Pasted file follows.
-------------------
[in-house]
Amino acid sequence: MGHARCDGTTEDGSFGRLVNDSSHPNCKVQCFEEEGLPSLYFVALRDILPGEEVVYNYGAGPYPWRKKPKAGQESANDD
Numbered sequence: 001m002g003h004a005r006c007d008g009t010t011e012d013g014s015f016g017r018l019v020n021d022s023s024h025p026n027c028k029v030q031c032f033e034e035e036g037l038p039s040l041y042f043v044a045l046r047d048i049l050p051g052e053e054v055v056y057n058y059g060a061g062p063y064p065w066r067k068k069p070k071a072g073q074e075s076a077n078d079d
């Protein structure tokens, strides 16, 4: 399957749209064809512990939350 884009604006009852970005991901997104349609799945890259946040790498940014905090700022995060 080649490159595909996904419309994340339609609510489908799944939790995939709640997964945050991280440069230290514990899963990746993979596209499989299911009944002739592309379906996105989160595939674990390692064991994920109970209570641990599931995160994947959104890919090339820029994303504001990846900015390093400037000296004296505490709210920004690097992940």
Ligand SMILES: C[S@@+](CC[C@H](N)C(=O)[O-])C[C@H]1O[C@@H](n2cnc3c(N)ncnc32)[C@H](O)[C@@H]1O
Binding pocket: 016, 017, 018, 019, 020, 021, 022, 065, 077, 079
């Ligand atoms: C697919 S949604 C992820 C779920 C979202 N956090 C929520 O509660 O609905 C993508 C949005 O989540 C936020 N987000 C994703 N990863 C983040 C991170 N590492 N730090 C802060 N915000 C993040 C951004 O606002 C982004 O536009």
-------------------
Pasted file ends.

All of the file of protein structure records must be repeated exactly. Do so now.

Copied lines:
[in-house]
Amino acid sequence: MGHARCDGTTEDGSFGRLVNDSSHPNCKVQCFEEEGLPSLYFVALRDILPGEEVVYNYGAGPYPWRKKPKAGQESANDD
Numbered sequence: 001m002g003h004a005r006c007d008g009t010t011e012d013g014s015f016g017r018l019v020n021d022s023s024h025p026n027c028k029v030q031c032f033e034e035e036g037l038p039s040l041y042f043v044a045l046r047d048i049l050p051g052e053e054v055v056y057n058y059g060a061g062p063y064p065w066r067k068k069p070k071a072g073q074e075s076a077n078d079d
């Protein structure tokens, strides 16, 4: 399957749209064809512990939350 884009604006009852970005991901997104349609799945890259946040790498940014905090700022995060 080649490159595909996904419309994340339609609510489908799944939790995939709640997964945050991280440069230290514990899963990746993979596209499989299911009944002739592309379906996105989160595939674990390692064991994920109970209570641990599931995160994947959104890919090339820029994303504001990846900015390093400037000296004296505490709210920004690097992940």
Ligand SMILES: C[S@@+](CC[C@H](N)C(=O)[O-])C[C@H]1O[C@@H](n2cnc3c(N)ncnc32)[C@H](O)[C@@H]1O
Binding pocket: 016, 017, 018, 019, 020, 021, 022, 065, 077, 079
């Ligand atoms: C697919 S949604 C992820 C779920 C979202 N956090 C929520 O509660 O609905 C993508 C949005 O989540 C936020 N987000 C994703 N990863 C983040 C991170 N590492 N730090 C802060 N915000 C993040 C951004 O606002 C982004 O536009």